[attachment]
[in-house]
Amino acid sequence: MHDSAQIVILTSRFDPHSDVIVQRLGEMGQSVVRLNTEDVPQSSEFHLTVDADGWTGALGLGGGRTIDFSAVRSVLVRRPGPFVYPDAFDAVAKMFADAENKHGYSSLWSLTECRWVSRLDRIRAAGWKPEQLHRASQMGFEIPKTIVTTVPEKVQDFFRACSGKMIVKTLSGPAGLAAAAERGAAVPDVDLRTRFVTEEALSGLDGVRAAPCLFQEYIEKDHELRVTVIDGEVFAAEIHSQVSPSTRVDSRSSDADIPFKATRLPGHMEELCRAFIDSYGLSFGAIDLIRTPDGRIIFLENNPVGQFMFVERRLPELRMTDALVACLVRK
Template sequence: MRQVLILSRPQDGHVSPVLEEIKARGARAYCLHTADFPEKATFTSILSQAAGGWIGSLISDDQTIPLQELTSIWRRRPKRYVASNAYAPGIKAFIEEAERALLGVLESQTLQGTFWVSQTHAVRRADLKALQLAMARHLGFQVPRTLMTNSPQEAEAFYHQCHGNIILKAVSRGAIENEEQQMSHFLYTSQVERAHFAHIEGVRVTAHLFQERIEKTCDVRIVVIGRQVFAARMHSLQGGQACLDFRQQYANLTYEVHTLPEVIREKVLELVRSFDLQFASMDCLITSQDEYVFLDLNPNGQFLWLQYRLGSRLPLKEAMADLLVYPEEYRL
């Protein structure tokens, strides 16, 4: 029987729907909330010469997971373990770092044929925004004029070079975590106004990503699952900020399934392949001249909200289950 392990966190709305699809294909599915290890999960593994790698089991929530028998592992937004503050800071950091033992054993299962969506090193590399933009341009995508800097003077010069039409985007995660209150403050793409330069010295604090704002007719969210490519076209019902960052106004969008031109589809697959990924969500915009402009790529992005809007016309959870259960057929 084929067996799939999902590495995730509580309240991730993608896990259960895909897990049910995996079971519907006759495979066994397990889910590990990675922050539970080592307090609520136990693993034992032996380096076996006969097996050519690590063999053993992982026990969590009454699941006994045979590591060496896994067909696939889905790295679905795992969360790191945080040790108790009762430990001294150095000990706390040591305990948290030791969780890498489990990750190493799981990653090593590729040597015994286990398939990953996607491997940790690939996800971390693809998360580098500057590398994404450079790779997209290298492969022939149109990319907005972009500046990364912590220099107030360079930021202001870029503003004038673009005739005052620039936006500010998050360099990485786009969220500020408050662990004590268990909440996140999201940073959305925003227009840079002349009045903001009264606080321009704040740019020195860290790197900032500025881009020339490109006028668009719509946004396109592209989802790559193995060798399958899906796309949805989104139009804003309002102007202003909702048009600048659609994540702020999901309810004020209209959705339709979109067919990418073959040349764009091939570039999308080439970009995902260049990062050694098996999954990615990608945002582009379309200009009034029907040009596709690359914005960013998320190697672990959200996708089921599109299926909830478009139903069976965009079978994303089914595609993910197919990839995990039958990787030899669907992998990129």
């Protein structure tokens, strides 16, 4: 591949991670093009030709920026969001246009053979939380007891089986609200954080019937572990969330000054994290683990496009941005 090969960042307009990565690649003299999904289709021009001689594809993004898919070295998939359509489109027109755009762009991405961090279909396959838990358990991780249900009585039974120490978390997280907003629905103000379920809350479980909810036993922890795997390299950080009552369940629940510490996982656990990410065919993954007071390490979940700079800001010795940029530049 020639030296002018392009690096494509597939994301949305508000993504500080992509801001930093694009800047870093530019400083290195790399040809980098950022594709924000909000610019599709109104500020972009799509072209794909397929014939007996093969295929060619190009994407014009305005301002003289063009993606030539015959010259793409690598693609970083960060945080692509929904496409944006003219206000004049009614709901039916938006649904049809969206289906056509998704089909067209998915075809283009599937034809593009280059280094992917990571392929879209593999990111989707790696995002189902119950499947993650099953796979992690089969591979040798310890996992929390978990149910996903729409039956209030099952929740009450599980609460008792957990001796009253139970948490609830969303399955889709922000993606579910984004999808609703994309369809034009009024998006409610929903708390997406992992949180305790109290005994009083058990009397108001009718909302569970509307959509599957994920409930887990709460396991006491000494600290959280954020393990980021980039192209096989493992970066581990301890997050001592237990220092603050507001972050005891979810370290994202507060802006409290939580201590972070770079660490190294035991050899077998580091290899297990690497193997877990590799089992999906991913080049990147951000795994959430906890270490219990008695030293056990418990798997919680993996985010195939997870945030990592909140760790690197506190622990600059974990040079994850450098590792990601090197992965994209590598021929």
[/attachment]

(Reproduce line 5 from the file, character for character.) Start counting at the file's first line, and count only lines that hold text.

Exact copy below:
């Protein structure tokens, strides 16, 4: 591949991670093009030709920026969001246009053979939380007891089986609200954080019937572990969330000054994290683990496009941005 090969960042307009990565690649003299999904289709021009001689594809993004898919070295998939359509489109027109755009762009991405961090279909396959838990358990991780249900009585039974120490978390997280907003629905103000379920809350479980909810036993922890795997390299950080009552369940629940510490996982656990990410065919993954007071390490979940700079800001010795940029530049 020639030296002018392009690096494509597939994301949305508000993504500080992509801001930093694009800047870093530019400083290195790399040809980098950022594709924000909000610019599709109104500020972009799509072209794909397929014939007996093969295929060619190009994407014009305005301002003289063009993606030539015959010259793409690598693609970083960060945080692509929904496409944006003219206000004049009614709901039916938006649904049809969206289906056509998704089909067209998915075809283009599937034809593009280059280094992917990571392929879209593999990111989707790696995002189902119950499947993650099953796979992690089969591979040798310890996992929390978990149910996903729409039956209030099952929740009450599980609460008792957990001796009253139970948490609830969303399955889709922000993606579910984004999808609703994309369809034009009024998006409610929903708390997406992992949180305790109290005994009083058990009397108001009718909302569970509307959509599957994920409930887990709460396991006491000494600290959280954020393990980021980039192209096989493992970066581990301890997050001592237990220092603050507001972050005891979810370290994202507060802006409290939580201590972070770079660490190294035991050899077998580091290899297990690497193997877990590799089992999906991913080049990147951000795994959430906890270490219990008695030293056990418990798997919680993996985010195939997870945030990592909140760790690197506190622990600059974990040079994850450098590792990601090197992965994209590598021929």